The first Tritium School organised by the TRANSAT project took place at the Jožef Stefan Institute, in Ljubljana (Slovenia), from 25-28 March 2019. After a warm welcome from Jadran Lenarčič (director of the JSI) and Christian Grisolia (coordinator of the TRANSAT project), experts in the field of fusion and fission from around the world participated and attended lectures on different topics related to tritium. In total, the first edition of the School gathered 66 participants who attended 17 invited lectures and 12 contributed talks. As talks were multidisciplinary and covering the different aspects of R&D in the field of tritium in fusion and fusion facilities, the School was aligned with the main objective of the TRANSAT project, that is considering “TRANSversal Actions for Tritium”.
The first edition of the TRANSAT Tritium School counted 17 invited lectures and 12 contributed talks.
A 4-day programme based on tritium
Each day of the School was devoted to a specific topic starting with lectures from invited speakers who introduced the topic and research in this field before contributed talks. At the end of the day, a discussion session was organised.
The first day was dedicated to tritium management and detection. Attendees could learn more about tritium detection techniques, in what form tritium can be released from facilities, and how can we breed tritium in future fusion power plants.
The second day focused on tritium inventory and control. Lectures dealt with tritium retention in fusion materials and how this can be modelled to predict tritium inventory and what kind of dust particles are produced in a fusion device.
The third day was addressing questions related to radiotoxicity, ecotoxicity and dosimetry of tritium in organisms. Experts talked about the hazards for the environment, organisms and humans when getting in contact with tritium as a low radiotoxicity element. Overall, all the talks gave a comprehensive overview on the problematics of tritium as a radionuclide for organisms and the environment.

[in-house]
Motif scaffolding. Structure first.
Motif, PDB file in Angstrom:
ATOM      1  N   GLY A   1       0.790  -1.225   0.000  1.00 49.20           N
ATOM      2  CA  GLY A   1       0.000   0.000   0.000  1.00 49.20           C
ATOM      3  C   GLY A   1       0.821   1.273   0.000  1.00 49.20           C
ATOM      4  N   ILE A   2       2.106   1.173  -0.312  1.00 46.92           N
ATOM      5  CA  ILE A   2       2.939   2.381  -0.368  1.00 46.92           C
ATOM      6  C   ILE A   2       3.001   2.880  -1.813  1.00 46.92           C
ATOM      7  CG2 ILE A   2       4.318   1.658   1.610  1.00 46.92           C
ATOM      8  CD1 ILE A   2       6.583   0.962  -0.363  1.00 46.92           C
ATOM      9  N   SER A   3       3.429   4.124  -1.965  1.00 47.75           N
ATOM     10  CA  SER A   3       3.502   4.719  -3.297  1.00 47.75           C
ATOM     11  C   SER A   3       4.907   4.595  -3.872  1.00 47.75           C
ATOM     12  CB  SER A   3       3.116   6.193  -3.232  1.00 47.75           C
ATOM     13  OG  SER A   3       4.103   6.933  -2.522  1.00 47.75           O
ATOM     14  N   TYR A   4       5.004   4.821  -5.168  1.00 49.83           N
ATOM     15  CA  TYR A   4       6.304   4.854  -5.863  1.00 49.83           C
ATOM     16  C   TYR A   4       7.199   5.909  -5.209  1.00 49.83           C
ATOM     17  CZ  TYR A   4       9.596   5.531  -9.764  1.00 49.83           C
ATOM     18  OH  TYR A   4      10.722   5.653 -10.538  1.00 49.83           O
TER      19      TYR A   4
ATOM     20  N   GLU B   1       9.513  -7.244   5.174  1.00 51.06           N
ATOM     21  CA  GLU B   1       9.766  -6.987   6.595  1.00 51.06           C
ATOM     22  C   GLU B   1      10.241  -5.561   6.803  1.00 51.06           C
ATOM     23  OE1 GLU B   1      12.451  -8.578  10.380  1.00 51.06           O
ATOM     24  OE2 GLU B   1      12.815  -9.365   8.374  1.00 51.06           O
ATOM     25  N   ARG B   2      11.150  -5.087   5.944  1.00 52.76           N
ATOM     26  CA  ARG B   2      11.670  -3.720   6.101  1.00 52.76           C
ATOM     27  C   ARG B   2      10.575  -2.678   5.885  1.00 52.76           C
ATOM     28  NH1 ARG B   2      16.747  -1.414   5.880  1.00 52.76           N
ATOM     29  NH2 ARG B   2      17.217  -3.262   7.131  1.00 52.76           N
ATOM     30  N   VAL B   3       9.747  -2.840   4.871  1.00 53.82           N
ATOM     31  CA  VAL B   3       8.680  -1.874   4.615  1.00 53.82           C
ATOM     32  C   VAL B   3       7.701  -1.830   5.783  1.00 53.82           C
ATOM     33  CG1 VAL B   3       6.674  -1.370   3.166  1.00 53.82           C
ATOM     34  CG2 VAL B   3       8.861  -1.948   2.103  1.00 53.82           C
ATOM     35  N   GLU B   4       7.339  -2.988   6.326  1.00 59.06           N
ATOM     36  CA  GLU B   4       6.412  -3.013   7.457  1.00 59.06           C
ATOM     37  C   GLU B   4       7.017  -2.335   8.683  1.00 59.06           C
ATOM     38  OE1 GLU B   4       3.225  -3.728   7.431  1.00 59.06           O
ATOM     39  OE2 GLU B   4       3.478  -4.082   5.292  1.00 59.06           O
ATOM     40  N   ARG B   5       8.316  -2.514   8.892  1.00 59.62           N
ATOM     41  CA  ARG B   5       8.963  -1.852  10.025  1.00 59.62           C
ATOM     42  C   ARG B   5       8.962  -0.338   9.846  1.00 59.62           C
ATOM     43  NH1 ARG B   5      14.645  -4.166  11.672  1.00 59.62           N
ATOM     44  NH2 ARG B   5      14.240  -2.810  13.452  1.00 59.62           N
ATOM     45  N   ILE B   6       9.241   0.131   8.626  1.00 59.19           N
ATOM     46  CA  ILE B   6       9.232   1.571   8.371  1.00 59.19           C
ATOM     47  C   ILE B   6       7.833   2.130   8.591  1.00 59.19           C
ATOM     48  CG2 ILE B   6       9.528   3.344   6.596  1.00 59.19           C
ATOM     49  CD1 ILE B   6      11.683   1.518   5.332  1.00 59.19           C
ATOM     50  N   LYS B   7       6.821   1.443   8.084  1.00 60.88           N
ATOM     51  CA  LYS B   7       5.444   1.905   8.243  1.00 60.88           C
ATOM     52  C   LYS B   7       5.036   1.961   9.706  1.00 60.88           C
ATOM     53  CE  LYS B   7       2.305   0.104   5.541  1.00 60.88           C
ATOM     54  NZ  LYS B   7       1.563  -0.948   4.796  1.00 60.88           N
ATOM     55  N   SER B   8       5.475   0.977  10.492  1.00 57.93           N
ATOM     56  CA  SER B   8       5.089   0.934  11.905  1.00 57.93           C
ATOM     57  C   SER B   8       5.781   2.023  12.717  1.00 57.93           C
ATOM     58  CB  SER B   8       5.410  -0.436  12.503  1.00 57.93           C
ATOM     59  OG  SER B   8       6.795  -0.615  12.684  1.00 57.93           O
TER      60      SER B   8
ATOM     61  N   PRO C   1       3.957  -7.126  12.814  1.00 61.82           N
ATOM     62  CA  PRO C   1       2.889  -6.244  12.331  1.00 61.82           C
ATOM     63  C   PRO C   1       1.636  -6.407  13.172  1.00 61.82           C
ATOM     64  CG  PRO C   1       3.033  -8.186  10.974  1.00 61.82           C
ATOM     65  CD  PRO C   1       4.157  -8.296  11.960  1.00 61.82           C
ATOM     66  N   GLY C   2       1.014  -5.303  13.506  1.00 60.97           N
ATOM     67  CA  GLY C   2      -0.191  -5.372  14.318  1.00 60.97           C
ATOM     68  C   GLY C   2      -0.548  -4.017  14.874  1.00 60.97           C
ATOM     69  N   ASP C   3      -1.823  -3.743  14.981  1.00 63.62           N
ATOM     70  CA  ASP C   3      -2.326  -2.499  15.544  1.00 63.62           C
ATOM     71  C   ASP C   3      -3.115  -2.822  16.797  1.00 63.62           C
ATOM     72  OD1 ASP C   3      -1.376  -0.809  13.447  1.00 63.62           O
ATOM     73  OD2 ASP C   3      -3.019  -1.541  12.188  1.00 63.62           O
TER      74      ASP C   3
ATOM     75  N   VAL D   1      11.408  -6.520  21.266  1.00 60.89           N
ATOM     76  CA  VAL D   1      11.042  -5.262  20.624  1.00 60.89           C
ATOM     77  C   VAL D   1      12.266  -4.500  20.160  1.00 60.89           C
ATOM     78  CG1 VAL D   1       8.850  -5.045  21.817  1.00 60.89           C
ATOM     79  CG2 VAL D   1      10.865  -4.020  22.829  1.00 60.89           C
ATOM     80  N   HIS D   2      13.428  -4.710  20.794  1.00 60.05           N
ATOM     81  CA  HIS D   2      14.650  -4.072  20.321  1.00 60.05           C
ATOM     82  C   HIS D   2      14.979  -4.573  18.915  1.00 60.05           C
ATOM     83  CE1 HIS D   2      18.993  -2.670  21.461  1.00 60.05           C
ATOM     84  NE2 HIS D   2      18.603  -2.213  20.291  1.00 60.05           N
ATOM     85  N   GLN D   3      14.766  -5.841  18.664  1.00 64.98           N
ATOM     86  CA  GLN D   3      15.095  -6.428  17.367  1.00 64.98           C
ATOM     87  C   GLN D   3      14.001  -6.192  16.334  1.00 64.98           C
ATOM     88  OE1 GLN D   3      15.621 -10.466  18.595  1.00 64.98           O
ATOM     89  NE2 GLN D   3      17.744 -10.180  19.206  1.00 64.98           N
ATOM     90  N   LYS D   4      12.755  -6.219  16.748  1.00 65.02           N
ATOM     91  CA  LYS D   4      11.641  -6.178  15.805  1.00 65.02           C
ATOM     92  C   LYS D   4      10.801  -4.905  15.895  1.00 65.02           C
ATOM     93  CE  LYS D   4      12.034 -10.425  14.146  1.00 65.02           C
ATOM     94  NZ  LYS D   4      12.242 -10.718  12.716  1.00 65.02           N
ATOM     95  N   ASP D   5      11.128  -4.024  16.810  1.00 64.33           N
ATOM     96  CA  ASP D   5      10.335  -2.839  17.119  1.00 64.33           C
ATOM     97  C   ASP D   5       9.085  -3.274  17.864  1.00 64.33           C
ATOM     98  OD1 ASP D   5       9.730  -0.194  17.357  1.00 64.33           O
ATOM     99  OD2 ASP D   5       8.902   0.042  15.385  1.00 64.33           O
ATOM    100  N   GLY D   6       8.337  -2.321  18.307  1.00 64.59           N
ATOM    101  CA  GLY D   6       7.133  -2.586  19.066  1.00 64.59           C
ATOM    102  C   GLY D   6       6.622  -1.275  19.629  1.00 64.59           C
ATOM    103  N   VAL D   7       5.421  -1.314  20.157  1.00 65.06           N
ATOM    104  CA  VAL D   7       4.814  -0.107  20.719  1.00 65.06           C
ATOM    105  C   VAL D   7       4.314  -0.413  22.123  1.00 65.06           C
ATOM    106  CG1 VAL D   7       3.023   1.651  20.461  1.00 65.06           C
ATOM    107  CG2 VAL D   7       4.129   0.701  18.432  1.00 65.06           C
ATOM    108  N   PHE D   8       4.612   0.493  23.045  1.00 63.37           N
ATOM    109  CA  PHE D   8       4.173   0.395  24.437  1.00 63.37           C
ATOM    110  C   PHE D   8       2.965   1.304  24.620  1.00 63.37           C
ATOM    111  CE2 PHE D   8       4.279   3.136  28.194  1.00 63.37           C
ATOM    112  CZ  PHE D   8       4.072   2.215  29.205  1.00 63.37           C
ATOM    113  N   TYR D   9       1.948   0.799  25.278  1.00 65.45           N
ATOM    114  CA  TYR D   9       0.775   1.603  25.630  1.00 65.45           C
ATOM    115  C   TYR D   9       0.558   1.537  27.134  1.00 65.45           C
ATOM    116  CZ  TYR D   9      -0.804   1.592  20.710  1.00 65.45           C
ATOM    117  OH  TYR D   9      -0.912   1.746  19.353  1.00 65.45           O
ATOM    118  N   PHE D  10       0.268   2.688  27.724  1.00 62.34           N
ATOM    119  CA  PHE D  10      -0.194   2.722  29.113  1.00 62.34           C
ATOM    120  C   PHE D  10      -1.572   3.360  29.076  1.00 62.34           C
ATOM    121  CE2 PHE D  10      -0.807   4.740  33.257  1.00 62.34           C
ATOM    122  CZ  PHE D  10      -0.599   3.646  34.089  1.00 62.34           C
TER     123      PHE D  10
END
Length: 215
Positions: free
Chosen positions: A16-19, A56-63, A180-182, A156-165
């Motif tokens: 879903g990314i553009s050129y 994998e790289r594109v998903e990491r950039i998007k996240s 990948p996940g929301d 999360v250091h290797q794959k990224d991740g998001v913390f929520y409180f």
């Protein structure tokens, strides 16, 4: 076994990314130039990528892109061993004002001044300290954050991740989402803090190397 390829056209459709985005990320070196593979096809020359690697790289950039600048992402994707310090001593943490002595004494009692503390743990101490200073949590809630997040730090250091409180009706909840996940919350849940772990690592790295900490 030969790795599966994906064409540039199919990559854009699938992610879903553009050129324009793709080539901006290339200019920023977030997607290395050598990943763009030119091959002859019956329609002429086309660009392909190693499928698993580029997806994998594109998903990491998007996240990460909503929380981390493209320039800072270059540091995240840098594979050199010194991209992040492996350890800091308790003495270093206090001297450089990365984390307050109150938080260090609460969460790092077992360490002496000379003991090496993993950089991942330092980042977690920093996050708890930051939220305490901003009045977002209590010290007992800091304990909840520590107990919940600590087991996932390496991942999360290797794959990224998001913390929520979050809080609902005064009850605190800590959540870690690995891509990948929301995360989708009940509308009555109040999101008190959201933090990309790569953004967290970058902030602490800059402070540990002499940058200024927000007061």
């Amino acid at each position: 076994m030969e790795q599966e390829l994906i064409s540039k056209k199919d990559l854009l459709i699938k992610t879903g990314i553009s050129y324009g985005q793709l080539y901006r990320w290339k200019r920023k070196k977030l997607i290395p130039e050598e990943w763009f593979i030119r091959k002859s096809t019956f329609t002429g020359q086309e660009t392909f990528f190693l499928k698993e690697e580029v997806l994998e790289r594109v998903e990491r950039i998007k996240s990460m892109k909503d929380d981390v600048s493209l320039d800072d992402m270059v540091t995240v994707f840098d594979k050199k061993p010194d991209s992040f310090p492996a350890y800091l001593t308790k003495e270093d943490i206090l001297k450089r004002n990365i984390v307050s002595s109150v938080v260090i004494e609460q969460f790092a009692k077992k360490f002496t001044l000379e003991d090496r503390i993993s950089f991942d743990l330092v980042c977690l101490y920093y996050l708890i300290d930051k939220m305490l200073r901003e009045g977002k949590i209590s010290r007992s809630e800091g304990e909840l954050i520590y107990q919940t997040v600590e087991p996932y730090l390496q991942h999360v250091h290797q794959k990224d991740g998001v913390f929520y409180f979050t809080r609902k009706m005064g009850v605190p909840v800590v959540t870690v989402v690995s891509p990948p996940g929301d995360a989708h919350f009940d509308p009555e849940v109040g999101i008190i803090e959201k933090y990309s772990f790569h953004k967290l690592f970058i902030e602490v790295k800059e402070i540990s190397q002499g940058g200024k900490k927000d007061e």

The last day dealt with tritium waste and what are the French and UK strategies about tritium waste and how to process it. In addition, participants get the opportunity to visit the TRIGA reactor and the 2 MV tandetron accelerator at the Microanalytic centre.
Richard Wakeford, from the University of Manchester, gave a presentation on “Epidemiological studies of tritium exposure”.
Celebrating Days of Jožef Stefan!
In parallel to the TRANSAT Tritium School, there were the Days of Jožef Stefan with interesting scientific and social program. Each year since 1993, the Institute organised the Days of Jožef Stefan at the end of March with the aim of popularising science and celebrating the birth of Jožef Stefan who were a famous Slovenian physicist (1835-1893). Borut Pahor, President of Slovenia, officially opened the celebrations on 25th of March. This year was also the 70th anniversary of the Institute.
Awadhesh Jha (invited speaker at the TRANSAT Tritium School) and Borut Pahor (President of Slovenia) during the Stefan’s days.
Post written by Sabina Markelj from the Jozef Stefan Institute and TRANSAT partner.
[…] the successful First Tritium School, TRANSAT partners decided to keep the structure of the first school. They plan to organise five […]
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